The following passage, which closes "The Inspector Calls by Ken Saro-Wiwa, beautifully captures the difficulties of modernizing traditional culture ‹- in this case to insure that everyone in Nigeria has clean, uncontaminated water and that living areas do not serve as breeding grounds for all kinds of lethal germs:
On that occasion when the Sanitary Inspector himself came riding into town on his motor cycle, raising a storm of dust in his wake, he was confronted by the dollops of faeces of children, goats and dogs and by the bushes growing luxuriantly between the houses and along the footpaths. And the gods of the town decreed that the Sanitary Inspector should not see these blemishes which he was duty-bound to obliterate. And he found no one in the town lest he be tempted to ask any citizen where he and his children defecated. The spirits took over his motor-cycle and led him to the house of the Chief where Birabee and his assembled assistants fed him with the good things of life and gave him a good, fat envelope containing you know what, and made sure he drank alcohol to his heart's delight, and then they led him out again, on the same path by which he had come. He took away with him, in the dustclouds following upon his now heavily-laden motor-cycle, all those ill winds which, had they remained behind, would surely have plagued Dukana.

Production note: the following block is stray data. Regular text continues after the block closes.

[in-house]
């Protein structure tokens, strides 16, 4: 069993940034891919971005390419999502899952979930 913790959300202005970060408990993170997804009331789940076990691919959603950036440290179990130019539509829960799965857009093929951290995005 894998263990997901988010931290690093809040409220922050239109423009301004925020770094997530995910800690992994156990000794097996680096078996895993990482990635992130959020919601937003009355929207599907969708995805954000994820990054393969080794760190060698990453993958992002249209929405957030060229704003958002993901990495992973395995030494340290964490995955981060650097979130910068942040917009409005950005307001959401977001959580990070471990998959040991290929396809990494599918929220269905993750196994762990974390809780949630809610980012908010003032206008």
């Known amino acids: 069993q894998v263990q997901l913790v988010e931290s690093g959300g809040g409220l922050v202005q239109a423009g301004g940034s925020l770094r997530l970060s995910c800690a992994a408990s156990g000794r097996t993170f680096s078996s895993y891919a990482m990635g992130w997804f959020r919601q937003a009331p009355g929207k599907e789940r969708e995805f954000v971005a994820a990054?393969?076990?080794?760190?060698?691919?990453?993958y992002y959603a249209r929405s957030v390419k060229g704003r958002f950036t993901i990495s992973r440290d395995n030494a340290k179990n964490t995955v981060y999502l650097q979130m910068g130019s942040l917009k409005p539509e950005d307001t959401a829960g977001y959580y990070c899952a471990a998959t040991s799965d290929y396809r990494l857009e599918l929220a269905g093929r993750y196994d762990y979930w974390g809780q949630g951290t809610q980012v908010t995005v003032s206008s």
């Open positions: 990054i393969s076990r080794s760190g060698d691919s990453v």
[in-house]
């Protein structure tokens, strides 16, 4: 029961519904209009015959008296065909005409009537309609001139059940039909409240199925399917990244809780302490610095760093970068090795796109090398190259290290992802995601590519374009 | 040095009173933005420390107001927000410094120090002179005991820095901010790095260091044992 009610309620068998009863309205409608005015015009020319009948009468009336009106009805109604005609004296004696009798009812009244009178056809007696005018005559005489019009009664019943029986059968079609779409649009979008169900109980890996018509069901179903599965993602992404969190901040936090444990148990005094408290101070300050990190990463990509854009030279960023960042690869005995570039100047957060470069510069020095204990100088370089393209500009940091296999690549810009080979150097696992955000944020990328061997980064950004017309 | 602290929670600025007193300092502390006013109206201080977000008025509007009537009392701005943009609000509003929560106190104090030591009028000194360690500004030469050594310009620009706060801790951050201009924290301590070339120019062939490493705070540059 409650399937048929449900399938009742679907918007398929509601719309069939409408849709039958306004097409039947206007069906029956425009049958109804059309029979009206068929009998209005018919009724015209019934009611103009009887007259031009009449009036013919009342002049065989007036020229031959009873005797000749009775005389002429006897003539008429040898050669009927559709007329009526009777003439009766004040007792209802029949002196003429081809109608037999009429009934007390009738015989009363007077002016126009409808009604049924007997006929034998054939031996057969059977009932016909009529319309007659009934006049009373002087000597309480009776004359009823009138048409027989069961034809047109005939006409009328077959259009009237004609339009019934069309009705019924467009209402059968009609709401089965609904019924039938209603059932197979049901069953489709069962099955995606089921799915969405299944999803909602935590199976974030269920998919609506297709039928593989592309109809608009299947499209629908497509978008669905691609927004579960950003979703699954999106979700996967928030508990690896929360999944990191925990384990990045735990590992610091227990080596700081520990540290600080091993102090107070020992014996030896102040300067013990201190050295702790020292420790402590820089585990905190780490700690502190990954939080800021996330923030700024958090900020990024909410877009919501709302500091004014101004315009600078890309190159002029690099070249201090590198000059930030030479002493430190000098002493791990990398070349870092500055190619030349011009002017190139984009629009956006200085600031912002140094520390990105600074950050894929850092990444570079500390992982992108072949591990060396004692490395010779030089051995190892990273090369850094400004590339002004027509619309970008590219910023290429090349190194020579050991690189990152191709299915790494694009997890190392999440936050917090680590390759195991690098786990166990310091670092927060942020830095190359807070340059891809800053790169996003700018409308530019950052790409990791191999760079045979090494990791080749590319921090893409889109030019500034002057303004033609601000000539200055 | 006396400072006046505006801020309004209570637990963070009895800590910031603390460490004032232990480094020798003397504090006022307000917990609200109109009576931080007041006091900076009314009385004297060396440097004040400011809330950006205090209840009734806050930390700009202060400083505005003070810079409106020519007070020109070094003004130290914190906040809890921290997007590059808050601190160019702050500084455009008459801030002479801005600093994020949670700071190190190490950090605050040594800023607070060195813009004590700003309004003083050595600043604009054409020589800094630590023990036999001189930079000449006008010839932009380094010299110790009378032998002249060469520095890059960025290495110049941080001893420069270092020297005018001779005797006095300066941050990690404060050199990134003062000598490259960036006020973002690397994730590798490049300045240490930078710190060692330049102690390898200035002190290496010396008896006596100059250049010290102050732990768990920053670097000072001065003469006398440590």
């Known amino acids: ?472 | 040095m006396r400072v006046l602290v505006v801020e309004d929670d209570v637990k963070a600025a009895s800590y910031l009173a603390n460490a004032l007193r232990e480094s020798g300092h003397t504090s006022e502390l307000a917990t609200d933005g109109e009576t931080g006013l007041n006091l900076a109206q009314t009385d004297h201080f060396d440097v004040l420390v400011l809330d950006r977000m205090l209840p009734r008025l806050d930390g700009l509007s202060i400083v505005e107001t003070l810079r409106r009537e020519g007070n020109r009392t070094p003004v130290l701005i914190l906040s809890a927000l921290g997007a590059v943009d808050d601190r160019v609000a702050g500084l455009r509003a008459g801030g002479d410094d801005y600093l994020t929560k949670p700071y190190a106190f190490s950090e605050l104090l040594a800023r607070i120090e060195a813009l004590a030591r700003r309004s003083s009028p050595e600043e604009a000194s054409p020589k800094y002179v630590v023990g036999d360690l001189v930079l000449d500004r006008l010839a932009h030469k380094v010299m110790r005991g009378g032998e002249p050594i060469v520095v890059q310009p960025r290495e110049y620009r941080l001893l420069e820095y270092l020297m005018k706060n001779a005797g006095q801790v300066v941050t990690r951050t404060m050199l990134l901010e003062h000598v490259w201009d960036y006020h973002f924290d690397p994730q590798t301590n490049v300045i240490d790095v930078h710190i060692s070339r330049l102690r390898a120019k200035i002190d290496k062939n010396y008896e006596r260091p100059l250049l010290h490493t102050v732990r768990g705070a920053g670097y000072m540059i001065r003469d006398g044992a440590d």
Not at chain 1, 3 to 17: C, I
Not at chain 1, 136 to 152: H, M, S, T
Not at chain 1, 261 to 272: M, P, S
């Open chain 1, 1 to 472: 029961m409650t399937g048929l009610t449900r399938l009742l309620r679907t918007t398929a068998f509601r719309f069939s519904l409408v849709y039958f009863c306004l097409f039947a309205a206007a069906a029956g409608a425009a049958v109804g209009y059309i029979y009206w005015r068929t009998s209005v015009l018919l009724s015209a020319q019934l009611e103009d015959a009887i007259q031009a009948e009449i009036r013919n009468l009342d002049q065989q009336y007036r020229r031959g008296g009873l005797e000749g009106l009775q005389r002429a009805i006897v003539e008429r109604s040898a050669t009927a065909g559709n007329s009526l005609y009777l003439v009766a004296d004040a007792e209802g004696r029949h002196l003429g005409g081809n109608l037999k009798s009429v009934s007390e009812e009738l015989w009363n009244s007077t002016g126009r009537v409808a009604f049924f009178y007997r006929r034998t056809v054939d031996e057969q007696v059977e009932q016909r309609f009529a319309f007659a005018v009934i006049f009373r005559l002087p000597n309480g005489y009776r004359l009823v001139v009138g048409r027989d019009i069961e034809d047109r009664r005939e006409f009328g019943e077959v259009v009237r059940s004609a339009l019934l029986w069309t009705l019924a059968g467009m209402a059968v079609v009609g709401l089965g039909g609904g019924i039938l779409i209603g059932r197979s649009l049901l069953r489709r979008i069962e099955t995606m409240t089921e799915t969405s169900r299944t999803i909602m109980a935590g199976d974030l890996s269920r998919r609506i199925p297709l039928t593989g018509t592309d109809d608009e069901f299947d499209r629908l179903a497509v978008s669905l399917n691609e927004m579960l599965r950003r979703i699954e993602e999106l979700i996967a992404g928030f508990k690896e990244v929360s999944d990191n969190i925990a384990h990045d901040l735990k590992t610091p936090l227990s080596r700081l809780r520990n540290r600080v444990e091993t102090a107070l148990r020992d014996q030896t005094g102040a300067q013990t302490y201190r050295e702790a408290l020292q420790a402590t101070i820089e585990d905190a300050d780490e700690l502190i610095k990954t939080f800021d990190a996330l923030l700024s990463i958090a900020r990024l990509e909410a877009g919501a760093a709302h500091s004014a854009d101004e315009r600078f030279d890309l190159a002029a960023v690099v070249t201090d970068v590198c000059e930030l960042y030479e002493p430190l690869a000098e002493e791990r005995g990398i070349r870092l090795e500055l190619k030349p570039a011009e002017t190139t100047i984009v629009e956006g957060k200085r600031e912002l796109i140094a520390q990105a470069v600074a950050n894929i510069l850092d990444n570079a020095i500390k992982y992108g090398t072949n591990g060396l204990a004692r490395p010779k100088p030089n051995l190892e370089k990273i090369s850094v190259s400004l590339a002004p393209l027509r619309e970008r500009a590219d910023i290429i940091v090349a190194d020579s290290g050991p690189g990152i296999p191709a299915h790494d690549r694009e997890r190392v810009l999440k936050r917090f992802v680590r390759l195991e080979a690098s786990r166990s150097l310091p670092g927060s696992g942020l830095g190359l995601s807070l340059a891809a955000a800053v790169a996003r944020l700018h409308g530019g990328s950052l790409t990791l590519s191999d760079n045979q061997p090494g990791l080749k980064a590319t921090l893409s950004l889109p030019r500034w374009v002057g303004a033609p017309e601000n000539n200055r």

And once again, Dukana returned to its accustomed peace, somnolence, tranquility, dirt and happiness.["The Inspector Calls," A Forest of Flowers, 17-18]
How does the author's tone differ from that found in Saro-Wiwa's other stories that relate encounters of past and present, modern and traditional, western and indigenous cultures-- stories like "Night Ride," "Home, Sweet Home," and "The Stars Below"? How do this story, "The Inspector Calls," and "Case No. 100," which appears in the "High Life" section, illuminate each other?